Just how does a visitor view his or her time with us? Is it easy for them to find classrooms and seats in the auditorium? How are they greeted? What type of information is available to them to answer questions they may have about our church? What are their impressions of our worship?
These are all essential questions to ask and answer if a church is to become truly visitor friendly. Ignore them and a church will never (regardless of a friendly spirit) maximize the outreach opportunities visitors present.
A growing church is one that purposefully and prayerfully plans to grow, commits the needed resources to grow, equips members for the planting and watering process and then enjoys the God-given increase. A growing church is a visitor friendly church. A growing church has a visitor friendly worship
WHAT THIS DOES NOT MEAN
A visitor friendly worship does not mean a compromise of any biblically defined worship practices. Yes, there is a consumer driven mentality present in our religious culture today. We need to understand that and respond to it, but not to the point of losing our identity, destroying our traditions and undermining our biblical convictions. Being a visitor friendly church does not mean “throwing the baby out with the bath water”.
WHAT IT DOES MEAN
Simply stated it means examining every aspect of our worship time from the eyes of a visitor. Is it easy for visitors to find seating? Do we have any designated seating for visitors? Do visitors understand what we are doing when we commune? Do they know what might be expected of them when the collection plates are passed around? Do they know exactly what to do with their children? Are they confused by our announcements? Are they warmly greeted after services are over? Do they receive an invitation for lunch? These are extremely important questions for us to consider. The goal of a visitor friendly church is to make their worship service not only uplifting and inspiriing, but also understandable to visitors. Let’s examine these one at a time:
- Seating. Finding a seat in a busy, crowded auditorium can be challenging and stressful for visitors- especially first-time visitors who may not know their way around and may not know anyone in the church. Many visitor friendly churches provide reserved seating for visitors and ushers to escort them to that seating. What better way to make a visitor feel at home and feel wanted than to give them this kind of personal attention?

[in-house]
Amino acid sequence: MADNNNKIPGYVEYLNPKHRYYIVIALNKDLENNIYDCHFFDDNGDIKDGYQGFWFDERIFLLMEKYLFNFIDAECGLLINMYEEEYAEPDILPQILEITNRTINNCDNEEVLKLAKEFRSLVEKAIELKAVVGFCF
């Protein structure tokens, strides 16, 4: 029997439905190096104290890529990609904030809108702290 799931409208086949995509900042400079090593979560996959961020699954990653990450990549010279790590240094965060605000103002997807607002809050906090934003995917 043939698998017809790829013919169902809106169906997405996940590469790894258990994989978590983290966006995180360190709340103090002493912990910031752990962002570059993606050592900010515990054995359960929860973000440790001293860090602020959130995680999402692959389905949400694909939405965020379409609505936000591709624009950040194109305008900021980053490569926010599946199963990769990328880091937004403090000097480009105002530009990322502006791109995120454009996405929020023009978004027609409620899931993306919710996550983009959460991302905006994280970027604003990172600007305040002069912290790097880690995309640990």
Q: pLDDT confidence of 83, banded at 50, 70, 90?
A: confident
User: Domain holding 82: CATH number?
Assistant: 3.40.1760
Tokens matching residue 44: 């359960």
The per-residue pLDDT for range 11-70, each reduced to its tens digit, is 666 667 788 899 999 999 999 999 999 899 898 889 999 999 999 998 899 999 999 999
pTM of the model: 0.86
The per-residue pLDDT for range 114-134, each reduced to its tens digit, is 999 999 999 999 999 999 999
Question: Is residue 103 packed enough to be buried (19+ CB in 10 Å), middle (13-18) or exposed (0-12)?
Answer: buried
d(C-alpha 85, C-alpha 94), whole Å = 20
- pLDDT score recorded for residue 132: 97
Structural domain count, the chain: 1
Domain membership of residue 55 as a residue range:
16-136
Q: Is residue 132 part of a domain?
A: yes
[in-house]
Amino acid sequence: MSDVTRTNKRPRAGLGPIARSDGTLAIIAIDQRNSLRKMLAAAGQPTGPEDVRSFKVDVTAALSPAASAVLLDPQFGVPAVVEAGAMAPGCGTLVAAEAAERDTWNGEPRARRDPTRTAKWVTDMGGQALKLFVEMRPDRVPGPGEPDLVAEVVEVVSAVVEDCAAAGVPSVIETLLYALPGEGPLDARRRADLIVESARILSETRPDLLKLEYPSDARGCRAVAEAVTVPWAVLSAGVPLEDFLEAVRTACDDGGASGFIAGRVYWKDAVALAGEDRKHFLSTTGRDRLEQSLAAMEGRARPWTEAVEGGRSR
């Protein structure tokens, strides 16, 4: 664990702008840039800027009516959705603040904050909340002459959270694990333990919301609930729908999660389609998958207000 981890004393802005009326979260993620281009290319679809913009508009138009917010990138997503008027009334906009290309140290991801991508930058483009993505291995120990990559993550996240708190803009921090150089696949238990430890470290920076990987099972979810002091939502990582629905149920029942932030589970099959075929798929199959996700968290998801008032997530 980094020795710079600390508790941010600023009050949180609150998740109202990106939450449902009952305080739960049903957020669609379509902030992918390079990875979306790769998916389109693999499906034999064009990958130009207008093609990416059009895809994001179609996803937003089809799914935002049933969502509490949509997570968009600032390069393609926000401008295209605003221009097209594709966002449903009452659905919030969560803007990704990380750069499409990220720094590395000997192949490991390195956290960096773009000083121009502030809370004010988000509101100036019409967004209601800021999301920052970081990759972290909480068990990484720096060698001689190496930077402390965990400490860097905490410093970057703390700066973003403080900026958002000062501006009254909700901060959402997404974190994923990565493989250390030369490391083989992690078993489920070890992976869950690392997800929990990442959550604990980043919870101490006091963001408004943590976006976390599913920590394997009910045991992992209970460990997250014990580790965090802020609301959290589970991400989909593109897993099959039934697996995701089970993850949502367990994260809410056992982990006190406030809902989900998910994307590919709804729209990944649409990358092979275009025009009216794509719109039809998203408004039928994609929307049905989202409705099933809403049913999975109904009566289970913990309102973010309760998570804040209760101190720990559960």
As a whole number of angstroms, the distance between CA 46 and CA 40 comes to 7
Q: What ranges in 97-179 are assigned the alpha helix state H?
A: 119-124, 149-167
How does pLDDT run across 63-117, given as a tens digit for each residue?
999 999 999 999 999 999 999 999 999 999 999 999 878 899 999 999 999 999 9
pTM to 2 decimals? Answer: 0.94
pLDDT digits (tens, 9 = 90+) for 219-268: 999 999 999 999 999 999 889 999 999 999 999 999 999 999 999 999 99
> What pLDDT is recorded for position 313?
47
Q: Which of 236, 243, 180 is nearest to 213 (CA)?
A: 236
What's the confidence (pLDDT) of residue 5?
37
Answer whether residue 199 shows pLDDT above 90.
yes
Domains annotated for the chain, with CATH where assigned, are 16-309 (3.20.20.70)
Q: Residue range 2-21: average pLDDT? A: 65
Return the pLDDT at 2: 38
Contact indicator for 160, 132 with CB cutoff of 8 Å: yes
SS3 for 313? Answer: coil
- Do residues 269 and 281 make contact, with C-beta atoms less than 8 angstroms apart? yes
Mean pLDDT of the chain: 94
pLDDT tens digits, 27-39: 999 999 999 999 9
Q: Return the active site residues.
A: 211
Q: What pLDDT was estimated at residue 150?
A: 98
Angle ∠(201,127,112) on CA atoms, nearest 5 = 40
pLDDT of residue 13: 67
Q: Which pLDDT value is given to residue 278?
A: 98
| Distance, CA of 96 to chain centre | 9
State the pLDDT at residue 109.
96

- Welcome/Announcements. Often during this part of a service many things are discussed (some in great detail) that have absolutely no meaning to visitors. Obviously there are occasions when church business must be shared, but visitor friendly churches try to limit getting lost in too many details. There are other avenues for communication of family news. Rather, visitor friendly churches focus on the greeting- welcoming and providing information key to help the visitors feel comfortable. Compare it to having guests in your home. You know your way around. They do not. So you go out of your way to be hospitable. So do visitor friendly churches.
- Singing. Worship leaders should always be thinking in terms of a visitor friendly worship in planning song selection. New and unfamiliar songs should not be often sung during the assembly with the largest number of visitors. Like it or not, visitors will form an impression of us from their worship experience with us- from the moment they are greeted- to the actual worship- and until they drive away. What better way to make a good impression (not to mention encourage each other) by singing familiar songs with all our heart.
- Communion. Many visitors will not have a clear understanding of communion. They may not know what the elements mean and why we practice it. It is so very important to provide a simple and concise explanation of this time together. This is a beautiful and celebrated part of our worship so we should want our visitors to understand it. The focus at this time is on Christ. He is who we want our visitors to remember.
- Offering. Again a simple explanation is important for visitors. It is just helpful to direct them as we go through our worship. Again, information in written form should be provided to supplement this.
- Sermon. Church growth studies consistently indicate that positive pulpit presence is vital for a growing church. Visitors respond to timely, biblical and practical messages. Preachers must be visitor aware and never assume a visitor knows a Bible story or where a passage is.
- After Worship. Back to greeting here. Greeting not only happens before church but afterward as well. Are we making sure to catch visitors on their way out? Do we make sure they are leaving with pertinent information about us? (church bulletin, brochures) Are we inviting visitors to lunch? This all takes extra effort but visitor friendly churches make this effort.
Other elements such as the total time of a service are important to consider from a visitor’s perspective. Church growth studies indicate that visitors are not necessarily clock conscience as long as the worship relates to them and moves at an energetic pace.
There are many aspects of becoming a thoroughly visitor church. Having a friendly spirit is definitely the foundation, but the work is in the details. It will not happen by accident. A visitor friendly church is one that purposefully prays and plans for it to happen